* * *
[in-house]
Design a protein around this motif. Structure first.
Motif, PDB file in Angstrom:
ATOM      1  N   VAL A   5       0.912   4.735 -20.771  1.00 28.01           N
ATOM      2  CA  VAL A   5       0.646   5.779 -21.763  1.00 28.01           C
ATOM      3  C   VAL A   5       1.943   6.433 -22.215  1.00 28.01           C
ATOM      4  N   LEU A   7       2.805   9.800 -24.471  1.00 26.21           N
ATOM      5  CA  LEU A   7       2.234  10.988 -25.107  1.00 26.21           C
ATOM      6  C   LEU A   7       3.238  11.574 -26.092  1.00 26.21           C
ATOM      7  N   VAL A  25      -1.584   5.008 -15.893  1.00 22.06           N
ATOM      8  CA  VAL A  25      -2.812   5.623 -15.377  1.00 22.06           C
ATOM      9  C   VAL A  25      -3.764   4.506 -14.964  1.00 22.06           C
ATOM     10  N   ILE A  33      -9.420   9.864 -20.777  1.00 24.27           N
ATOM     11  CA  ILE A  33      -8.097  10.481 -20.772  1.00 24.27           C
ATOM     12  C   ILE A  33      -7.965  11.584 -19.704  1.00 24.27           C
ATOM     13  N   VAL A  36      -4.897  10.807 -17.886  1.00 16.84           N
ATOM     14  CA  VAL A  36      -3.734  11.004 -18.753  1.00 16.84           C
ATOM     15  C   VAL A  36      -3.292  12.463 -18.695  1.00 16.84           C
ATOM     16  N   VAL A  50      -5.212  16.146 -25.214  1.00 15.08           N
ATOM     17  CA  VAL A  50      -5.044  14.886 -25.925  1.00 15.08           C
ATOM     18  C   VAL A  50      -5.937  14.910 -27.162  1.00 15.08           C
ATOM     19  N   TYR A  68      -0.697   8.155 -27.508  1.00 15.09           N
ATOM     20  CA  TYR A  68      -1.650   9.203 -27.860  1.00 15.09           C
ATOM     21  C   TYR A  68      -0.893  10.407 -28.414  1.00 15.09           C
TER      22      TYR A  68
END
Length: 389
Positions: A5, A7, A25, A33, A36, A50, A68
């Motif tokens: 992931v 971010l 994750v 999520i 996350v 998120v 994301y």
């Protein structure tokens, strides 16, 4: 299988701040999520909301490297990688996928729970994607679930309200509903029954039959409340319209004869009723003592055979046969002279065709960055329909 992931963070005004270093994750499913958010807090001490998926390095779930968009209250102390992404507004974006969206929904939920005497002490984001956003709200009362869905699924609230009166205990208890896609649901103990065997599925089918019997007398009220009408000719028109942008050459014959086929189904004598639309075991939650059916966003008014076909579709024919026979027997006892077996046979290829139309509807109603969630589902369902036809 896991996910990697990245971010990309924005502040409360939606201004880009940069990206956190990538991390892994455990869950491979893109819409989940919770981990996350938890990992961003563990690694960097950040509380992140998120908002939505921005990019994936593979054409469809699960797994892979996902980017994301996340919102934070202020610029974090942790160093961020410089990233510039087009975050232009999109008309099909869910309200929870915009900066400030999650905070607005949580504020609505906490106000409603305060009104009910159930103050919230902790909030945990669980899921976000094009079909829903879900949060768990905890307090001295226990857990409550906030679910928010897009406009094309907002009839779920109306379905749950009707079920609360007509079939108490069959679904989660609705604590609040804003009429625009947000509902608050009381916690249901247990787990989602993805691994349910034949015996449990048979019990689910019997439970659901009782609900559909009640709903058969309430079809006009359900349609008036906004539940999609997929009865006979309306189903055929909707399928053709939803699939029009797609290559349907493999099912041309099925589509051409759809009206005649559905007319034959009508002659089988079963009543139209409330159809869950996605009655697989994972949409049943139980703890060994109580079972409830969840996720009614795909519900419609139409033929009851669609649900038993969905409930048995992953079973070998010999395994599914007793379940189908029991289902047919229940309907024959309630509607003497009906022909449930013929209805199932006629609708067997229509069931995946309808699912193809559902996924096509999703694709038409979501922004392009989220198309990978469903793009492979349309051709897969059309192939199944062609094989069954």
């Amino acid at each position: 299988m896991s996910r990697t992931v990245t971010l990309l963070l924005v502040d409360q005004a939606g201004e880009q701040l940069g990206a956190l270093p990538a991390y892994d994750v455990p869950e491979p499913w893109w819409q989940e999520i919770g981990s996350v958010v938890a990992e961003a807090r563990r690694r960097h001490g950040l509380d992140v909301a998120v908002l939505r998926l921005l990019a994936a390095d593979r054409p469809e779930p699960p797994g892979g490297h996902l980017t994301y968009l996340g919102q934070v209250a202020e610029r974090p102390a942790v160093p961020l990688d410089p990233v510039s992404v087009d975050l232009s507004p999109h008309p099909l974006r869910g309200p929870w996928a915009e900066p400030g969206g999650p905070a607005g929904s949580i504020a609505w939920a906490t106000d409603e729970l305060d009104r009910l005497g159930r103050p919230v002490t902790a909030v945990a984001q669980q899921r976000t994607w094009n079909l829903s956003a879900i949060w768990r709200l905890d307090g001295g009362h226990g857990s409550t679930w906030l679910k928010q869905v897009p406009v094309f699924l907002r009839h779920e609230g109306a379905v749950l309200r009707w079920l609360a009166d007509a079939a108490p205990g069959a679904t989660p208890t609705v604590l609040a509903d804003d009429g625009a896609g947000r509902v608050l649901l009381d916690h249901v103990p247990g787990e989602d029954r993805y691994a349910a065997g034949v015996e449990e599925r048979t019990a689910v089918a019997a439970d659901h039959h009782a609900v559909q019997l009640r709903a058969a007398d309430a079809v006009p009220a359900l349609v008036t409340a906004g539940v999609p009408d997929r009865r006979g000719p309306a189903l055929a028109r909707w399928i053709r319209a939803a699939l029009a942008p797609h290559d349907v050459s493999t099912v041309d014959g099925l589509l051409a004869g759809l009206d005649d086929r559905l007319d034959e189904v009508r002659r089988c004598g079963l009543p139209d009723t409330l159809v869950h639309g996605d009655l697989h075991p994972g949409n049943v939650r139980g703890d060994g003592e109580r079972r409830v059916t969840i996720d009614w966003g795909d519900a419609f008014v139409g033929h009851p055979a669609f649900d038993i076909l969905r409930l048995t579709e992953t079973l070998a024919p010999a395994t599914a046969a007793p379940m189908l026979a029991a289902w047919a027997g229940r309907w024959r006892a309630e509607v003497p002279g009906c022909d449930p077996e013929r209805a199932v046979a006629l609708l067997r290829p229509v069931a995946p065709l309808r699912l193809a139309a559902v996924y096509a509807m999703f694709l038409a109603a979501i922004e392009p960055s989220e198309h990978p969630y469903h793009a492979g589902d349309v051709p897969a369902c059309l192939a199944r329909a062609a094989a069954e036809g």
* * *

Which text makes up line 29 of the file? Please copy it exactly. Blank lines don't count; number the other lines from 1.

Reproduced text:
């Motif tokens: 992931v 971010l 994750v 999520i 996350v 998120v 994301y």